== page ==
Macrophages are known to cause early glomerular injury in STZ-induced diabetes and also to be involved in the mechanisms that cause progressive glomerular and tubular damage [5, 10, 42, 43]; in addition, ICAM-1 and MCP-1 are considered as a central molecule involved in macrophage influx in DN [9, 11, 4446]. Park et al. have demonstrated that high glucose could upregulate ICAM-1 protein and mRNA expression in rat mesangial cells through the protein kinase C-NF-κB pathways [11, 14]. ICAM-1 is also induced by inflammatory cytokines such as TNF-α, IL-1, and interferon-γ [47]. Recent studies provided evidences that both ICAM-1 gene deficiency [10, 45] and anti-ICAM-1 monoclonal antibody [11] obviously inhibited the infiltration of monocytes/macrophages into the glomerulus and alleviated the extent of renal injury. Studies have also demonstrated that NF-κB was involved in the induction of MCP-1 in mesangial cell cultured under high glucose condition and subsequently mediated macrophage accumulation [9, 48, 49]. Consistent with these previous reports, we have also observed that ICAM-1 and MCP-1 expression were increased in rats with experimental DN (Figure 5), which was associated with marked macrophages infiltration (Figure 2), and that these increases under diabetic conditions were ameliorated by curcumin treatment. This effect might be mediated by curcumin's inhibition of NF-κB activation.

In the present study, diabetic glomerulosclerosis was ameliorated along with the inhibition of macrophage infiltration (Figure 2). Accumulating evidence suggests that, in DN, glomerulosclerosis is associated with TGF-β1 expression [50, 51], which is related to macrophage infiltration in glomeruli [52]. TGF-β1 is assumed to mediate inflammatory response and exaggerate the progression of DN [53]. In vitro and in vivo studies have reported that macrophages stimulates mesangial cells to produce ECM proteins through TGF-β [44, 54, 55]. TGF-β can in turn induce ECM overproduction from mesangial cells in autocrine and paracrine fashions [45]. Previous study has revealed that infiltrated monocytes/macrophages release lysosomal enzymes, nitrous oxide, reactive oxygen intermediates and TGF-β, which have been reported to play an essential role in renal damage and the depletion of macrophage by irradiation decreased the gene expression of TGF-β and type IV collagen in the glomeruli of diabetic rats at 4 weeks after induction of diabetes, suggesting the pathological role of macrophages in the increased expression of ECM proteins [56, 57]. From the above results it is obvious that macrophage infiltration is an important inducer of TGF-β1. The TGF-β1 contains a sequence located -715 to -707 bp where NF-κB binds to target TGF-β1 gene expression [58]. Thus, following NF-κB activation, marked infiltration of macrophages subsequently upregulated the TGF-β1 expression which further promotes the increased ECM synthesis in diabetes. Our results show that renal TGF-β1 protein expression was significantly increased in diabetic rats. Curcumin treatment obviously decreased renal TGF-β1 expression and this improvement was achieved most probably via the inhibition of NF-κB activation. Taken together, all the above results suggest that beneficial effect of curcumin in rats with DN is at least in part through inhibition of macrophage infiltration via inhibiting NF-κB mediated inflammatory response.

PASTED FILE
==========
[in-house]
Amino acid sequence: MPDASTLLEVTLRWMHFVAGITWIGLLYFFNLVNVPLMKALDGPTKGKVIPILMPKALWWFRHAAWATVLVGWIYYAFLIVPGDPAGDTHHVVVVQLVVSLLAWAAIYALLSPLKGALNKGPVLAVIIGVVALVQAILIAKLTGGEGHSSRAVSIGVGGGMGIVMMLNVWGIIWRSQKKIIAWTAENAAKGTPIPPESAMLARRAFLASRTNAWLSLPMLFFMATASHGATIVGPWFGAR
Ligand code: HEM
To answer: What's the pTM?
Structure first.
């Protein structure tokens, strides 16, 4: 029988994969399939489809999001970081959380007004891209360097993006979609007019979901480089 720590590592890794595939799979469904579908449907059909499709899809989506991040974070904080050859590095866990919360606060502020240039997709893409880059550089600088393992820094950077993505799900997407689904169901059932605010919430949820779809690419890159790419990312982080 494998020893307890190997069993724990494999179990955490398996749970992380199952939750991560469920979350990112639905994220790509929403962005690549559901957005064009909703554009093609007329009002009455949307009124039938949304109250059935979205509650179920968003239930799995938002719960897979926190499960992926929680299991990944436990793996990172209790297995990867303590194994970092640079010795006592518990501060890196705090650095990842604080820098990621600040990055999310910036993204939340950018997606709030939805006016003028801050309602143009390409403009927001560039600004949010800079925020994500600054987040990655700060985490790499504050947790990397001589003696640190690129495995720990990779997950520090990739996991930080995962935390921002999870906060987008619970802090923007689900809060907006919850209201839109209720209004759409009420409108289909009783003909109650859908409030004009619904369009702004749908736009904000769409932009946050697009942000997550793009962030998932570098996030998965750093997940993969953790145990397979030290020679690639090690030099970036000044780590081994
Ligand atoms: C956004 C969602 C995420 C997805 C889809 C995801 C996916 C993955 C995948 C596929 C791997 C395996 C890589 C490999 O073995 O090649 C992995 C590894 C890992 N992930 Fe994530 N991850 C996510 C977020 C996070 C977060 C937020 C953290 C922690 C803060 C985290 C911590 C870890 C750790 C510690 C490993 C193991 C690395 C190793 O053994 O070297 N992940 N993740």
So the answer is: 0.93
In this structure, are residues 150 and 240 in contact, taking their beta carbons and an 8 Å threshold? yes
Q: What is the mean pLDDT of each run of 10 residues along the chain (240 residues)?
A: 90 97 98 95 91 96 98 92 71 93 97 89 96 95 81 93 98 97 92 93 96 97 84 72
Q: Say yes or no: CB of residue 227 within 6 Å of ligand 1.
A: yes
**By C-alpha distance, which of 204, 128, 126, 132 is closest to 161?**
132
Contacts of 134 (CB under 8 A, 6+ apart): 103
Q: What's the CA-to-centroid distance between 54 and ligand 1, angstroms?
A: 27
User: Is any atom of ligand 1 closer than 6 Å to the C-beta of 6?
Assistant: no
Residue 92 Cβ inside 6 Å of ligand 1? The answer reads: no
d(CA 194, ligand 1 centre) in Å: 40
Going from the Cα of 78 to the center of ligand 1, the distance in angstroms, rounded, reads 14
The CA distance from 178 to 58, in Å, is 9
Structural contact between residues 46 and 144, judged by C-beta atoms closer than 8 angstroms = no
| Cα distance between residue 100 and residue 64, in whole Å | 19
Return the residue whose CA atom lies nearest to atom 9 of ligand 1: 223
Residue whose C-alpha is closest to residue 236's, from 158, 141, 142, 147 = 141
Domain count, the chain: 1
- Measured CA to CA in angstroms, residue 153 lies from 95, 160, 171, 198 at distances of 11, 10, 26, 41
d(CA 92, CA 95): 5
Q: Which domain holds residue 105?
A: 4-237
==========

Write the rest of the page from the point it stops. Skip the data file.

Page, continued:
We have shown that the curcumin treatment ameliorated DN in rat model of type I diabetes through the inhibition of macrophage infiltration in glomerulus due to its anti-inflammatory effect. In addition, our results support the findings that curcumin has a property to inhibit the activity of NF-κB as well as the degradation of IκBα and as a result decreased the expression of proinflammatory and profibrotic cytokines. Given these promising preclinical findings, we believe that the curcumin might be considered as potential adjuvant entity for preventing DN.



This research was supported by a Yujin Memorial Grant, Ministry of Education, Culture, Sports and Technology of Japan and by a grant from the Promotion and Mutual Aid Corporation for Private Schools, Japan. We thank Wawaimuli Arozal, Sayaka Mito, Yoshiyasu Kobayashi and Somasundaram Arumugam for their assistance in this research work.

Authors’ Affiliations

Department of Clinical Pharmacology, Faculty of Pharmaceutical Sciences, Niigata University of Pharmacy and Applied Life Sciences
Department of Pharmacology, Faculty of Medicine,, University of Indonesia
Department of Gastroenterology and Hepatology,, Niigata University Graduate School of Medical and Dental Sciences
Department of Cell Biology, Institute of Nephrology,, Niigata University Graduate School of Medical and Dental Sciences


  1. Svensson M, Sundkvist G, Arnqvist HJ, Björk E, Blohmé G, Bolinder J, Henricsson M, Nyström L, Torffvit O, Waernbaum I, Ostman J, Eriksson JW: Diabetes Incidence Study in Sweden (DISS). Signs of nephropathy may occur early in young adults with diabetes despite modern diabetes management: results from the nationwide population-based Diabetes Incidence Study in Sweden (DISS). Diabetes Care. 2003, 26: 2903-2909. 10.2337/diacare.26.10.2903.View ArticleGoogle Scholar